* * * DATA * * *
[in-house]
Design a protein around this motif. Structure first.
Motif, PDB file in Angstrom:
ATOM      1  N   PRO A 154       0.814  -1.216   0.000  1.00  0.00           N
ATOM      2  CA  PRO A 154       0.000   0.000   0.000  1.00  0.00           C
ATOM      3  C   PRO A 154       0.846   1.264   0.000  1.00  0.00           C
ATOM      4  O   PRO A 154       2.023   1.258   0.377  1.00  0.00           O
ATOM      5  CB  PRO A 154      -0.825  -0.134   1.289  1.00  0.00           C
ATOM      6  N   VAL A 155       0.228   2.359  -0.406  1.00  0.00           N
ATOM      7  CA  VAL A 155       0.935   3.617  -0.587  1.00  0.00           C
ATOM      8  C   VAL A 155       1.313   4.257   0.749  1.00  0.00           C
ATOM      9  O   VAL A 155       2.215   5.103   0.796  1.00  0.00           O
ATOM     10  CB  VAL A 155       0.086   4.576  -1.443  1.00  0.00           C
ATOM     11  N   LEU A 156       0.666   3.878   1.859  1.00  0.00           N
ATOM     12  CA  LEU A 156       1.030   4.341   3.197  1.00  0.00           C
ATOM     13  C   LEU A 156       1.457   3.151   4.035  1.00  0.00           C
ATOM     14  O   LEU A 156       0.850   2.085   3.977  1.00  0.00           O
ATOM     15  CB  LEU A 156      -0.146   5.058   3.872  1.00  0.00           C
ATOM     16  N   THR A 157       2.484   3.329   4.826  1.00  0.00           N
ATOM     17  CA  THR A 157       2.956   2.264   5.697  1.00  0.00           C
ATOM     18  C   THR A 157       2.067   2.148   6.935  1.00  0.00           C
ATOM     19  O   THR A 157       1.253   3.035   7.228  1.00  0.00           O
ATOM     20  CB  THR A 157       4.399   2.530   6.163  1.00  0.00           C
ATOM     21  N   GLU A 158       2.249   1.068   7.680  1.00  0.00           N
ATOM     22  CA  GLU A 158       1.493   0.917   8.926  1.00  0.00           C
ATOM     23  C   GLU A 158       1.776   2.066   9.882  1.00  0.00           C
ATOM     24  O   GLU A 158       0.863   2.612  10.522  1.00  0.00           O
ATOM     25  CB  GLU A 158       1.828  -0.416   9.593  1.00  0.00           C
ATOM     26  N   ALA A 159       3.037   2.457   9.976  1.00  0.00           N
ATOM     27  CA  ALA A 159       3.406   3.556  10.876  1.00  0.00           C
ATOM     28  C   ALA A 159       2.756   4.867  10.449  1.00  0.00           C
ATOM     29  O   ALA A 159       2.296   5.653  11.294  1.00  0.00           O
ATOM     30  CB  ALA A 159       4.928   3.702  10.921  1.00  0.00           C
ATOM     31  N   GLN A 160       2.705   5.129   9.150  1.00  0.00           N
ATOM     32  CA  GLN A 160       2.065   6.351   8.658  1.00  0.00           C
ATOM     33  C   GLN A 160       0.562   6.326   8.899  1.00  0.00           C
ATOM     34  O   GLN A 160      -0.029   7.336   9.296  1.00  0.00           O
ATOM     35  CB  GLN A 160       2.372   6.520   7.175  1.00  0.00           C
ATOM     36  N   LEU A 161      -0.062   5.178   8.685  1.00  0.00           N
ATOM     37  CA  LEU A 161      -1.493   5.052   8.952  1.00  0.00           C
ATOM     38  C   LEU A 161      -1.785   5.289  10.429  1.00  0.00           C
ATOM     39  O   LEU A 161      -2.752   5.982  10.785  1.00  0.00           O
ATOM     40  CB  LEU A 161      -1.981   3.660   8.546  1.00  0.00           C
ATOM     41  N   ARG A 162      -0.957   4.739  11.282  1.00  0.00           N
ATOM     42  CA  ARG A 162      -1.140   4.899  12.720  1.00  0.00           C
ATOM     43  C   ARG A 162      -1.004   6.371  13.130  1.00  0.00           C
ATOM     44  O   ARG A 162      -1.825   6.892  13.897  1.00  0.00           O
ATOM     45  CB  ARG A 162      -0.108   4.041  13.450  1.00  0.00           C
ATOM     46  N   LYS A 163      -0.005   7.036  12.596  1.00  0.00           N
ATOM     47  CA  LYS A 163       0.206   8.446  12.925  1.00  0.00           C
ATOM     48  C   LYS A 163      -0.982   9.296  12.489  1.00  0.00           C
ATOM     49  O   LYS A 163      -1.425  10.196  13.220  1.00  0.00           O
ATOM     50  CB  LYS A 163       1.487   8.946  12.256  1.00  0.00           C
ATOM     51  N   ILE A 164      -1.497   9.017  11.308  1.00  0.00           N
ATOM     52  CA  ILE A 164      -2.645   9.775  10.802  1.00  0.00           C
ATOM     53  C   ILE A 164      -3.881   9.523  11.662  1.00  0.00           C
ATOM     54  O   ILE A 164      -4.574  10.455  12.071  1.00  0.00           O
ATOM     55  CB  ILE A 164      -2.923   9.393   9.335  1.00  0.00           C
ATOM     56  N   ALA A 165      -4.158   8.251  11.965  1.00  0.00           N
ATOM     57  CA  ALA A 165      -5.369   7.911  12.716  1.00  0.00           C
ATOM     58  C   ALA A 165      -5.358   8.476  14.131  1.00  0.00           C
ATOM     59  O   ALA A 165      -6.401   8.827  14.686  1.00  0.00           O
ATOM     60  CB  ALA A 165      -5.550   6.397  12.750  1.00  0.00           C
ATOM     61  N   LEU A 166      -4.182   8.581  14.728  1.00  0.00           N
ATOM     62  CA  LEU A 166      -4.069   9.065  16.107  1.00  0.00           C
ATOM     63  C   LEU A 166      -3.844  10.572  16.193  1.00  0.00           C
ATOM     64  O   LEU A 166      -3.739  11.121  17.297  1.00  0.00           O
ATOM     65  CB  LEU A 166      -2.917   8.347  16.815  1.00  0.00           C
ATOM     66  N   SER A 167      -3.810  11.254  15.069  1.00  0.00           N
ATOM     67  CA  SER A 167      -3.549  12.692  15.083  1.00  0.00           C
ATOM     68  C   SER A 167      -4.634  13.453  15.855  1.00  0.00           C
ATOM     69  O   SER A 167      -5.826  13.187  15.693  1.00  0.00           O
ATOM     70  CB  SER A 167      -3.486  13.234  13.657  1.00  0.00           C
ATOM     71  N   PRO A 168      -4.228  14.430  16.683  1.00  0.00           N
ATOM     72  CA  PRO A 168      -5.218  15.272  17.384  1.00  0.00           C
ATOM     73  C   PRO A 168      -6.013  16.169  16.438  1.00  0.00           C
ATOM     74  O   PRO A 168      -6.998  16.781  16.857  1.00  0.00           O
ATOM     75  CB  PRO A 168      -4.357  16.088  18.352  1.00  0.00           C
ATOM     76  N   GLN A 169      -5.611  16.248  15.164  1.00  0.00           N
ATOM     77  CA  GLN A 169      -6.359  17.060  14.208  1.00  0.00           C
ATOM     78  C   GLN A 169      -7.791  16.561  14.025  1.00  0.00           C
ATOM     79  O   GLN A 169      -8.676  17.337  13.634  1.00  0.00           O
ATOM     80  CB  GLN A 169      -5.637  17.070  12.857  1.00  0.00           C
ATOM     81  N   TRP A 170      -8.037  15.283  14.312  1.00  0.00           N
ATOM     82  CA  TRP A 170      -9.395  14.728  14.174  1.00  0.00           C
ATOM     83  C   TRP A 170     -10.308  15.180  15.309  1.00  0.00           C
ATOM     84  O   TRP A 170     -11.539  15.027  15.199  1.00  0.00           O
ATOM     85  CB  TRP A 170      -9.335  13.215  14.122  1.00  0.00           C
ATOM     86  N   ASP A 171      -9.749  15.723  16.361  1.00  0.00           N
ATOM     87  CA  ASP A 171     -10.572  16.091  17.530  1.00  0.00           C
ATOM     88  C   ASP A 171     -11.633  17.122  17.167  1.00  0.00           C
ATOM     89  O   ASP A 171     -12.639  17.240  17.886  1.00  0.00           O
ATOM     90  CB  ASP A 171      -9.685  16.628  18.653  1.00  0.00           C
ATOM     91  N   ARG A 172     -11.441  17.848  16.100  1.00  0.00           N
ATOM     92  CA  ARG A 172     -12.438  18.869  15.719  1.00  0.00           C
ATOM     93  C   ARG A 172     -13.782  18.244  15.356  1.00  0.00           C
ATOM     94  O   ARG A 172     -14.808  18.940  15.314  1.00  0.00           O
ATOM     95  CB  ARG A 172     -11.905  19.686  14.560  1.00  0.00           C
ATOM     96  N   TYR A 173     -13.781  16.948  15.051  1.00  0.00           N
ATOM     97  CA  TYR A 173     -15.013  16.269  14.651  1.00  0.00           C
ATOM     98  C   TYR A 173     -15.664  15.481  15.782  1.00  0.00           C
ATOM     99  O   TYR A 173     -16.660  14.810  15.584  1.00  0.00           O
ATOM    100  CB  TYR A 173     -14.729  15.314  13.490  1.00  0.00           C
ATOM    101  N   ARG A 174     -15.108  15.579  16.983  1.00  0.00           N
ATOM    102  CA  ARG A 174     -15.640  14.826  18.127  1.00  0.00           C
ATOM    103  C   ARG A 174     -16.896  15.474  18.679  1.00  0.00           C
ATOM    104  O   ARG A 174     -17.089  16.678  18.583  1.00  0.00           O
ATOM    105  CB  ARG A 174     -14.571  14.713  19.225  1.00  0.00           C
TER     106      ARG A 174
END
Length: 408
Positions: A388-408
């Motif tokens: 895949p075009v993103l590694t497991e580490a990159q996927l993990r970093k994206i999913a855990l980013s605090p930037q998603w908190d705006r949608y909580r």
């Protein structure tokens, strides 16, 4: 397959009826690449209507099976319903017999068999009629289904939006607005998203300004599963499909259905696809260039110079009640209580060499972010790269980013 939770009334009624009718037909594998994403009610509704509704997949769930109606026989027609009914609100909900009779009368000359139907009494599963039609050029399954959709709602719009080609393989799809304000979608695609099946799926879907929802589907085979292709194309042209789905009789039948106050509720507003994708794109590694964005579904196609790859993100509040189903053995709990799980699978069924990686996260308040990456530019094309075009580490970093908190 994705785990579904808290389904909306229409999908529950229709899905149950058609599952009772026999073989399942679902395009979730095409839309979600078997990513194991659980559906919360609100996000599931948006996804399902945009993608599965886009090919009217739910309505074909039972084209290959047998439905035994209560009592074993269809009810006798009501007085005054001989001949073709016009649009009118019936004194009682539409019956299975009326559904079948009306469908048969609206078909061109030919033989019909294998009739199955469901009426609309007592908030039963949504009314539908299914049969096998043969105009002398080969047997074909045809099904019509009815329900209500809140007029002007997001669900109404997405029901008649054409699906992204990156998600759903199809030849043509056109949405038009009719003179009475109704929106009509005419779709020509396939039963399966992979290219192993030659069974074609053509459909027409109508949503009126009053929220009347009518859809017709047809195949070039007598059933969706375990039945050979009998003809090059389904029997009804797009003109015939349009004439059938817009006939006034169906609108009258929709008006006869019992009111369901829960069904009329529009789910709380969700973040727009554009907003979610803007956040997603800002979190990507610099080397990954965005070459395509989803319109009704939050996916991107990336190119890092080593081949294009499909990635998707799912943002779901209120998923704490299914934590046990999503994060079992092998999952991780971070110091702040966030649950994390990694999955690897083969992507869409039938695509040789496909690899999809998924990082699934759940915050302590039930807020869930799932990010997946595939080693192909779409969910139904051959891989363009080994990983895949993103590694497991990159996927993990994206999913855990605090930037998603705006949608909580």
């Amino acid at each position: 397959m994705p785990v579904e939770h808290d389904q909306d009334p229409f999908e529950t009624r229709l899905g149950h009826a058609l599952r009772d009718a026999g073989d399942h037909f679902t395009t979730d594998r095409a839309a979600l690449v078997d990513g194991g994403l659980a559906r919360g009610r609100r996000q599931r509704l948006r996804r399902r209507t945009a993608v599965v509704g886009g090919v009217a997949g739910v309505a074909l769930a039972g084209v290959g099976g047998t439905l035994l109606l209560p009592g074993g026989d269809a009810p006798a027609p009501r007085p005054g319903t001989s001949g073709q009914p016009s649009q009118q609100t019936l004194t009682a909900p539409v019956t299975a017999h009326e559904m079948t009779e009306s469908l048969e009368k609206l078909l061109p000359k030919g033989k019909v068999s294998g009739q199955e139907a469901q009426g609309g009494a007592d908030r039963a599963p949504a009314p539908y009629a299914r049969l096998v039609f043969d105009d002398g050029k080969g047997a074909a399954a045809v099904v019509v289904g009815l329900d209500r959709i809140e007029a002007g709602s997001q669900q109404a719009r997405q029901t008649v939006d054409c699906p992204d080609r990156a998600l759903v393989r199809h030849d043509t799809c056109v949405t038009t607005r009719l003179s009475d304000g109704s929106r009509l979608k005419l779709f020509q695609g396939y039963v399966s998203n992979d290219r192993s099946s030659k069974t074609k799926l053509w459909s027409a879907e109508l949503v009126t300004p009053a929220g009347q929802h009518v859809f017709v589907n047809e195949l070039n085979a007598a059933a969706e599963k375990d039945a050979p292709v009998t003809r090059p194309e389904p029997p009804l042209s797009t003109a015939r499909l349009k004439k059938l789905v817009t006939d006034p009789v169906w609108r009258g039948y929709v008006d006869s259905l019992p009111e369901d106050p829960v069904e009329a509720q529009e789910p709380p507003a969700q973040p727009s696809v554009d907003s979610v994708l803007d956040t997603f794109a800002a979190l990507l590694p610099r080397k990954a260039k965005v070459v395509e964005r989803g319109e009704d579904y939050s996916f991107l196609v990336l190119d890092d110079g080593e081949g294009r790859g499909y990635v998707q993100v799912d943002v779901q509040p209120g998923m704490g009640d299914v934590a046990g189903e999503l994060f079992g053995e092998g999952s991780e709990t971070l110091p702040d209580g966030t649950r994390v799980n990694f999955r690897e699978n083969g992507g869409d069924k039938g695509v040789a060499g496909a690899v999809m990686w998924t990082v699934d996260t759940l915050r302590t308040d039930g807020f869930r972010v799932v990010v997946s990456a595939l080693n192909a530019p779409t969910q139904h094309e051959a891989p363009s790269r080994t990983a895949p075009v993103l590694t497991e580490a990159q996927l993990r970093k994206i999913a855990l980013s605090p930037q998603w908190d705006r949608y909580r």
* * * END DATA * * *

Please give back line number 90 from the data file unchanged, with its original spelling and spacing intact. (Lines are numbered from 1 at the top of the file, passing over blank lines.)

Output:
ATOM     87  CA  ASP A 171     -10.572  16.091  17.530  1.00  0.00           C